A Reassessment of Early Urbanism and Its Consequences
Published by: University of New Mexico Press
The concept of civilization has long been the basis for theories about how societies evolve. This provocative book challenges that concept. The author argues that a "civilization bias" shapes academic explanations of urbanization, colonization, state formation, and cultural horizons. Earlier theorists have criticized the concept, but according to Jennings the critics remain beholden to it as a way of making sense of a dizzying landscape of cultural variation. Relying on the idea of civilization, he suggests, holds back understanding of the development of complex societies.
Killing Civilization uses case studies from across the modern and ancient world to develop a new model of incipient urbanism and its consequences, using excavation and survey data from Çatalhöyük, Cahokia, Harappa, Jenne-jeno, Tiahuanaco, and Monte Albán to create a more accurate picture of the turbulent social, political, and economic conditions in and around the earliest cities. The book will influence not just anthropology but all of the social sciences.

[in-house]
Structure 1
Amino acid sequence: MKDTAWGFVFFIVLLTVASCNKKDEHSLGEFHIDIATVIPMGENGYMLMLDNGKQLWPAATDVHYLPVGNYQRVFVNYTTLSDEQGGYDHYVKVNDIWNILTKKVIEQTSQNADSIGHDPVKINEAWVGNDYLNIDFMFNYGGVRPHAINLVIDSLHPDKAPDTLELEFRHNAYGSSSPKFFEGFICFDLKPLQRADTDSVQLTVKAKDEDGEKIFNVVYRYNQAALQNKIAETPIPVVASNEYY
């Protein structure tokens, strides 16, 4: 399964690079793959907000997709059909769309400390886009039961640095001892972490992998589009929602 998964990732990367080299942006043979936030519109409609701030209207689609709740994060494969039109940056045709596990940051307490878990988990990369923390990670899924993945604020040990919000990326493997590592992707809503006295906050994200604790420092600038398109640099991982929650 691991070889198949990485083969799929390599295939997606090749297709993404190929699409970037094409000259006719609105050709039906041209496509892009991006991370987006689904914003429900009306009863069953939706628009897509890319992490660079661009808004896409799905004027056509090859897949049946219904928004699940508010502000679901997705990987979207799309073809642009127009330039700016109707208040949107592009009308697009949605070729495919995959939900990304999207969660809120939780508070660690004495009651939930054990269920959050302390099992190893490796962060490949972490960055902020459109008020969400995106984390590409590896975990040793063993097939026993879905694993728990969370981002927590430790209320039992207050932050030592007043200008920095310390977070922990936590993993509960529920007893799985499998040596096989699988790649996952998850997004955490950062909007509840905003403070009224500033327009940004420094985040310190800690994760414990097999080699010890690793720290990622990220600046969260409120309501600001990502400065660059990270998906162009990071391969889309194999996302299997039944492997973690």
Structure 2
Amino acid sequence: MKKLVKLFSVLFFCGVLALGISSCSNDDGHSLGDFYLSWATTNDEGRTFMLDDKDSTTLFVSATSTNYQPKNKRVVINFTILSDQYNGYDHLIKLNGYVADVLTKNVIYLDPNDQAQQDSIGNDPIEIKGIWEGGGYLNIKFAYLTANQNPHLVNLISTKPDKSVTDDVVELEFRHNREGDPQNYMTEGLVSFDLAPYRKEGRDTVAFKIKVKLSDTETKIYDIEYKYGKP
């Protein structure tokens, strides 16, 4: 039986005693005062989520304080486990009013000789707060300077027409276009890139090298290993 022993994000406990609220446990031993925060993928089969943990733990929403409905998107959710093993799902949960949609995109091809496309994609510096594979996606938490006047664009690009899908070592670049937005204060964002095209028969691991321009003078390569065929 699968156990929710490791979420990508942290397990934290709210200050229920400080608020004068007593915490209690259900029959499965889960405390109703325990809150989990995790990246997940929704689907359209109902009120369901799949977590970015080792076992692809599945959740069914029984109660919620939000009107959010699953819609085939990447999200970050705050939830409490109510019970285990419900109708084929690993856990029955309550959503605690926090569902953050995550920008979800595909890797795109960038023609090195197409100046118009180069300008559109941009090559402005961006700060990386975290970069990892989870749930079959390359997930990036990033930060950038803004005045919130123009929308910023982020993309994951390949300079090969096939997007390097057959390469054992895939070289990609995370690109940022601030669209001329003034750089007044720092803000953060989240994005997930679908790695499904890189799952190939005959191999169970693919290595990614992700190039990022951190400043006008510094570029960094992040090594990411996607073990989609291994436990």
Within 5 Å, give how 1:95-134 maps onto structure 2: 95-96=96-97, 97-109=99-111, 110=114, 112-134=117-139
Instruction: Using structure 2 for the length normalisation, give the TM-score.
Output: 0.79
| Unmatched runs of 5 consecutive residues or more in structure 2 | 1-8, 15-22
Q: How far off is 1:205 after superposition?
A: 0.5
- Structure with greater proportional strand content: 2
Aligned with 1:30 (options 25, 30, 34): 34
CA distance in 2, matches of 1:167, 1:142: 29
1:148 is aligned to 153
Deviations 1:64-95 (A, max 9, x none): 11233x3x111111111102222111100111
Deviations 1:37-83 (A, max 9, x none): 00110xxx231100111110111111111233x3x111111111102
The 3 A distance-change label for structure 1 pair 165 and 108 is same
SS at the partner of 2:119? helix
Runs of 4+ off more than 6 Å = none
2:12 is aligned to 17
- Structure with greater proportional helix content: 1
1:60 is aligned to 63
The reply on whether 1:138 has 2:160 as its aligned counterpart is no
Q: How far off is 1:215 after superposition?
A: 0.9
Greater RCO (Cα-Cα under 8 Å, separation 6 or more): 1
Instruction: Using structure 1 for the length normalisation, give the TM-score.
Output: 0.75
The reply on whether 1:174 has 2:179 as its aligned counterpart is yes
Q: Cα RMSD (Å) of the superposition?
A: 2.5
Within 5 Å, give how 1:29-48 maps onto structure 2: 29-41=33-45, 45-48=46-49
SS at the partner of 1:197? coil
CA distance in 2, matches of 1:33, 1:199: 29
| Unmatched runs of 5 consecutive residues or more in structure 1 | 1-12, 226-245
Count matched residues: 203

"Jennings challenges long-cherished notions of anthropologists regarding the origin of cities, states, and other hallmarks of complex societies."--Mark W. Allen, coeditor of The Archaeology of Warfare: Prehistories of Raiding and Conquest
"Jennings presents the strongest argument I have seen against the civilization concept. The model he presents is a major reorientation of views about the origins of social complexity, and I find it compelling and exciting. Unlike the traditional view, which sees cities and urbanism as by-products of the development of states, Jennings puts cities at center stage. Cities came first, and only then did the problems and benefits of urban life produce kings, states, inequality, and economic development. This is a radical reinterpretation of early history, but I predict it will take hold and guide research for decades to come. Killing Civilization is a major intellectual contribution."--Michael E. Smith, editor of The Comparative Archaeology of Complex Societies